Current position of the SSV Corwith Cramer. Click on the vessel to view position history. Use the layer tools, top right, to change the map style or to view data layers. Dates and times use GMT (Greenwich Mean Time).
SEA Currents: SSV Corwith Cramer
March 19, 2017
The Sounds of Bob
42° 29.8’ S x 173° 53.6’ E
Ship’s Heading & Speed
240° at 5.1 knots
Force 4 winds, blue skies with a thin blanket of cirrus clouds, swells coming from the North west of only about 5 ft.
Since we've left Wellington, reminiscence that starts like "I'm really going to miss." has begun to filter into our everyday conversations. The other day, sitting on a port-side deck box, Elsbeth and I couldn't stop talking about how much we're going to miss good old steady Bob, our uncreative yet endearing nickname for the Robert C. Seamans. When you live on a 135-foot boat and it's your job to attend to the details it's easy to become hyper-familiar with every nook and cranny.
In the first week, when we learned about boat checks for the first time, Eric, my watch officer said to "look, listen and smell when below deck" to make sure nothing's out of the ordinary. I remember looking around and thinking to myself, how in the heck am I going to tell that? Well, I must say, as a well-seasoned boat checker with a record nearing triple digits, I think I finally know what he means. In particular the routines of sounds that rotate in and out of my day like clockwork are incredibly predictable. In this moment I can close my eyes and imagine walking through the boat, from room to room hearing different sounds intrinsic to those places.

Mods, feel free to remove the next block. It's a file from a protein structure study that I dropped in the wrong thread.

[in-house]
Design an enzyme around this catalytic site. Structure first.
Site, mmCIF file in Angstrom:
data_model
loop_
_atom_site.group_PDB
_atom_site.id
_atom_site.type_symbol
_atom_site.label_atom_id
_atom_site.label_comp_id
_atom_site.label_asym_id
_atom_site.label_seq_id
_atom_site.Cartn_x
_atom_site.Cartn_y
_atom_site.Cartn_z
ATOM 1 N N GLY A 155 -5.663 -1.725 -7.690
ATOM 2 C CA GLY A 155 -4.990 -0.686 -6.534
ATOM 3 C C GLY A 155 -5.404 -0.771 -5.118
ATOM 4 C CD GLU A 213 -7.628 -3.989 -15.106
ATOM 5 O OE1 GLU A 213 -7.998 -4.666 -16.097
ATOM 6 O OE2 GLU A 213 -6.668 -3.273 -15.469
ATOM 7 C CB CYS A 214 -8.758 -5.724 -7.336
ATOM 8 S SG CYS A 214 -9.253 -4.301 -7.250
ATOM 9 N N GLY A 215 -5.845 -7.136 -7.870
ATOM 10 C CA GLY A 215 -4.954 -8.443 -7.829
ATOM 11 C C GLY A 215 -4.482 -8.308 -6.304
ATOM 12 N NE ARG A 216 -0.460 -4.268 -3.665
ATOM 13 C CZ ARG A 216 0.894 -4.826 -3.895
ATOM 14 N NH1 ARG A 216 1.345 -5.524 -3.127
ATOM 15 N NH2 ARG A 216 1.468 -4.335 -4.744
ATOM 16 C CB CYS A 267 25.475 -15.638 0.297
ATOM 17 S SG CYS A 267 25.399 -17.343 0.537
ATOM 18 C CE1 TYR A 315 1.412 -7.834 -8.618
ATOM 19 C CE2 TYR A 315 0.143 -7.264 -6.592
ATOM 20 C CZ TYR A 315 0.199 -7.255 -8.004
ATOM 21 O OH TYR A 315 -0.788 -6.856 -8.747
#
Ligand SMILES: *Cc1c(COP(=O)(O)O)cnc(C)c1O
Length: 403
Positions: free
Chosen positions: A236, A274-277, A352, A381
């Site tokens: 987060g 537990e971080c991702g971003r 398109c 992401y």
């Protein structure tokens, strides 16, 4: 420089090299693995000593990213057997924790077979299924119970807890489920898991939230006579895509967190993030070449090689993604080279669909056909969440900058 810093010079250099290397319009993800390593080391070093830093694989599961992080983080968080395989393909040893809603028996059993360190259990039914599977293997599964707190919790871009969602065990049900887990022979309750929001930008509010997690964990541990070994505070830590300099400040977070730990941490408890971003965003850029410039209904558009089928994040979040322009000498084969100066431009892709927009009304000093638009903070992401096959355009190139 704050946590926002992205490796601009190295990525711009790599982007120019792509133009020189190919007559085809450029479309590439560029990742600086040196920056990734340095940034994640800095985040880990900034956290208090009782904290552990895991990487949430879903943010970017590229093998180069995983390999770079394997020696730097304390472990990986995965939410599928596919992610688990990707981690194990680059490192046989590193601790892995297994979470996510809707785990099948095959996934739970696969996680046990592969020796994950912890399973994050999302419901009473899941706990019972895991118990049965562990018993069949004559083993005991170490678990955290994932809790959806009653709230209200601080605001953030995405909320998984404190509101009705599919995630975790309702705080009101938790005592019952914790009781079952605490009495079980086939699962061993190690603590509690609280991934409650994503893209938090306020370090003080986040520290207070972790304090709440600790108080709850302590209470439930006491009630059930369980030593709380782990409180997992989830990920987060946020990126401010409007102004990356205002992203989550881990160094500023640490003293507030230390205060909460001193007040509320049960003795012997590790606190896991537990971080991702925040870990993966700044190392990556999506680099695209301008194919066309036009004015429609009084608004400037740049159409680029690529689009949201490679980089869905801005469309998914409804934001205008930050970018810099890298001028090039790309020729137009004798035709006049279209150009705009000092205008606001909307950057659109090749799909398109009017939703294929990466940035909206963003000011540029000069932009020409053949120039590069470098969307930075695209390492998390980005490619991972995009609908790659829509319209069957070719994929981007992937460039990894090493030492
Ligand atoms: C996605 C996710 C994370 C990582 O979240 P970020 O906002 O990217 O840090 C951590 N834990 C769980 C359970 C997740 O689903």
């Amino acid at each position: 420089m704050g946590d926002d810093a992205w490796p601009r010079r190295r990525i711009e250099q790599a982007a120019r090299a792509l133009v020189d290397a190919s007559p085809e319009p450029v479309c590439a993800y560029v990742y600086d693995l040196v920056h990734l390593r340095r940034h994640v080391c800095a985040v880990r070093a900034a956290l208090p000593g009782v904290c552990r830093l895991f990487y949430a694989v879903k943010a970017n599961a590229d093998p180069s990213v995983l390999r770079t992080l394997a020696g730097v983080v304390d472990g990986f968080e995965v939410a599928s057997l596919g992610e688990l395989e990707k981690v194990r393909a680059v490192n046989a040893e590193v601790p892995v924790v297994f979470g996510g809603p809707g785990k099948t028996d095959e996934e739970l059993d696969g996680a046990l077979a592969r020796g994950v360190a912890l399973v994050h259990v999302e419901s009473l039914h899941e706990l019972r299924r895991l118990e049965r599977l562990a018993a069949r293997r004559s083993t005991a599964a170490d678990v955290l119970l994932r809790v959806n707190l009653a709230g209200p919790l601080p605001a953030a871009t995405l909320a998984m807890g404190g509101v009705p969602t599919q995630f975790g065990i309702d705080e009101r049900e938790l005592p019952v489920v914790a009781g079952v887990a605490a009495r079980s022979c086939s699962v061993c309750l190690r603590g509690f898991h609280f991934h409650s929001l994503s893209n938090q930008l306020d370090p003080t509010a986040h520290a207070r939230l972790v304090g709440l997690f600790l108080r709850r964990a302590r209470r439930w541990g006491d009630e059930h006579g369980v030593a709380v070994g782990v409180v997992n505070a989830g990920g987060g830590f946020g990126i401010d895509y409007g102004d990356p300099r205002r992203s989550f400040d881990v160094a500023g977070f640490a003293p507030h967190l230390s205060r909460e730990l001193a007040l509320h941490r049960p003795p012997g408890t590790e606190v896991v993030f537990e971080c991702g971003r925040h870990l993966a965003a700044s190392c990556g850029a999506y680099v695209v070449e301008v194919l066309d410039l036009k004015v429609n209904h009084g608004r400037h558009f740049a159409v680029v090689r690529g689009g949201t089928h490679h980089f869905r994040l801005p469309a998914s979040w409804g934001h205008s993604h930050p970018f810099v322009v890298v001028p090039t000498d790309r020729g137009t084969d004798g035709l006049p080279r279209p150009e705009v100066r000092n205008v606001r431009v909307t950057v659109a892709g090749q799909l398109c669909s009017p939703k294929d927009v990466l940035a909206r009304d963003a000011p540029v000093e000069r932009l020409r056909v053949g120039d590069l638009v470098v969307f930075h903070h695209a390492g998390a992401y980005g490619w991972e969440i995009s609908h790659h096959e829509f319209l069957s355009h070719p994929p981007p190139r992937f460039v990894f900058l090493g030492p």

Sounds are especially apparent when the sky is dark and the ship is asleep. As I walk on deck with my red headlamp, there's somewhat of a tune produced from the luffing of the wind, the clicking of my harness against my chest, and the water sloshing against the boat. If we are motor sailing, the hum of the engine joins the orchestra. I lift my head towards the sky and pivot until the wind sounds equal in both ears and I mark its direction. As watch begins to wind down I crawl into my bed, the whipping fan on 16th Street (the bunks on starboard aft) lulling me. In the moment just before I drift off, the chirp (our depth sounder) becomes audible saying goodnight and reminds me just how much ocean sleeps below me.
If I listen closely I can make a rough guess of our depth based on the lag time between two chirps. The next morning I wait patiently under my sleeping bag. Above the noise of A-Watch chatting in the dog house, footsteps on the ladder nearby and the wind, I hear the breakfast bell! Its familiarity is comforting and pulls me out of bed for another day aboard the Seamans.
A special shoutout from Kristina: "Happy Birthday, Dad! I can't wait to see you in a couple days.maybe we can get pho or patty's? I've been craving it! Love you and miss you (and Mom too). -Tina"